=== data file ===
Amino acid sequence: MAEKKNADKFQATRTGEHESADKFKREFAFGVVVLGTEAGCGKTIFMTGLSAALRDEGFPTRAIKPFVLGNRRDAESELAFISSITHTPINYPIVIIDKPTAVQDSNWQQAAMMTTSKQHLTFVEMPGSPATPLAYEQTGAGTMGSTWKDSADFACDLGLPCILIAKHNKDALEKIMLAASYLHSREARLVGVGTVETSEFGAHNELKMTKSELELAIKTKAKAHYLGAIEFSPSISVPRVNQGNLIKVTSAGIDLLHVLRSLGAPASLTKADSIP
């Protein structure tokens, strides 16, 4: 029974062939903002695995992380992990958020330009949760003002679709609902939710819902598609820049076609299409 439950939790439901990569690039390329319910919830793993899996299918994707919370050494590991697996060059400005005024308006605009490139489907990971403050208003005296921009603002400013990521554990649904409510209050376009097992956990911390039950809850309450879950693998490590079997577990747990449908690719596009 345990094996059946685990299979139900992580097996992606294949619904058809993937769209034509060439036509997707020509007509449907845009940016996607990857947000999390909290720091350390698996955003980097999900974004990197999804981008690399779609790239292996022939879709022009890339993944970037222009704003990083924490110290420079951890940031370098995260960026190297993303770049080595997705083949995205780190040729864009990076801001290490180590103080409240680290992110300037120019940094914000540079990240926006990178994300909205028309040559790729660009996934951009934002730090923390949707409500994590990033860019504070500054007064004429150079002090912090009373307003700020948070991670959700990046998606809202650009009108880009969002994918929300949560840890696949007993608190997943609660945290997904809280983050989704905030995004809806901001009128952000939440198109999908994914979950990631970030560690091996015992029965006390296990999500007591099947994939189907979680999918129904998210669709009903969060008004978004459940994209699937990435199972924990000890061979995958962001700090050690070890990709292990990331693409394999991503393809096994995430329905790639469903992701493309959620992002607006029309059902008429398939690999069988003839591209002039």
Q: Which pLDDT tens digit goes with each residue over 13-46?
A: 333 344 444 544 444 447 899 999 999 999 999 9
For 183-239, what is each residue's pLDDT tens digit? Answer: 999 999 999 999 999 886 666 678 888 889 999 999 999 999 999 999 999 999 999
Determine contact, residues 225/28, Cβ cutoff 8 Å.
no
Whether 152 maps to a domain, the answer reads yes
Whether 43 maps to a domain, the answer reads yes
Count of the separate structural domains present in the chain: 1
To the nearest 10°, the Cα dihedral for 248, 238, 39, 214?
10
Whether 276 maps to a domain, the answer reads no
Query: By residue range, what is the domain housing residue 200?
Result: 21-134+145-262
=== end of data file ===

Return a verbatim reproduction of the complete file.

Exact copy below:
Amino acid sequence: MAEKKNADKFQATRTGEHESADKFKREFAFGVVVLGTEAGCGKTIFMTGLSAALRDEGFPTRAIKPFVLGNRRDAESELAFISSITHTPINYPIVIIDKPTAVQDSNWQQAAMMTTSKQHLTFVEMPGSPATPLAYEQTGAGTMGSTWKDSADFACDLGLPCILIAKHNKDALEKIMLAASYLHSREARLVGVGTVETSEFGAHNELKMTKSELELAIKTKAKAHYLGAIEFSPSISVPRVNQGNLIKVTSAGIDLLHVLRSLGAPASLTKADSIP
């Protein structure tokens, strides 16, 4: 029974062939903002695995992380992990958020330009949760003002679709609902939710819902598609820049076609299409 439950939790439901990569690039390329319910919830793993899996299918994707919370050494590991697996060059400005005024308006605009490139489907990971403050208003005296921009603002400013990521554990649904409510209050376009097992956990911390039950809850309450879950693998490590079997577990747990449908690719596009 345990094996059946685990299979139900992580097996992606294949619904058809993937769209034509060439036509997707020509007509449907845009940016996607990857947000999390909290720091350390698996955003980097999900974004990197999804981008690399779609790239292996022939879709022009890339993944970037222009704003990083924490110290420079951890940031370098995260960026190297993303770049080595997705083949995205780190040729864009990076801001290490180590103080409240680290992110300037120019940094914000540079990240926006990178994300909205028309040559790729660009996934951009934002730090923390949707409500994590990033860019504070500054007064004429150079002090912090009373307003700020948070991670959700990046998606809202650009009108880009969002994918929300949560840890696949007993608190997943609660945290997904809280983050989704905030995004809806901001009128952000939440198109999908994914979950990631970030560690091996015992029965006390296990999500007591099947994939189907979680999918129904998210669709009903969060008004978004459940994209699937990435199972924990000890061979995958962001700090050690070890990709292990990331693409394999991503393809096994995430329905790639469903992701493309959620992002607006029309059902008429398939690999069988003839591209002039």
Q: Which pLDDT tens digit goes with each residue over 13-46?
A: 333 344 444 544 444 447 899 999 999 999 999 9
For 183-239, what is each residue's pLDDT tens digit? Answer: 999 999 999 999 999 886 666 678 888 889 999 999 999 999 999 999 999 999 999
Determine contact, residues 225/28, Cβ cutoff 8 Å.
no
Whether 152 maps to a domain, the answer reads yes
Whether 43 maps to a domain, the answer reads yes
Count of the separate structural domains present in the chain: 1
To the nearest 10°, the Cα dihedral for 248, 238, 39, 214?
10
Whether 276 maps to a domain, the answer reads no
Query: By residue range, what is the domain housing residue 200?
Result: 21-134+145-262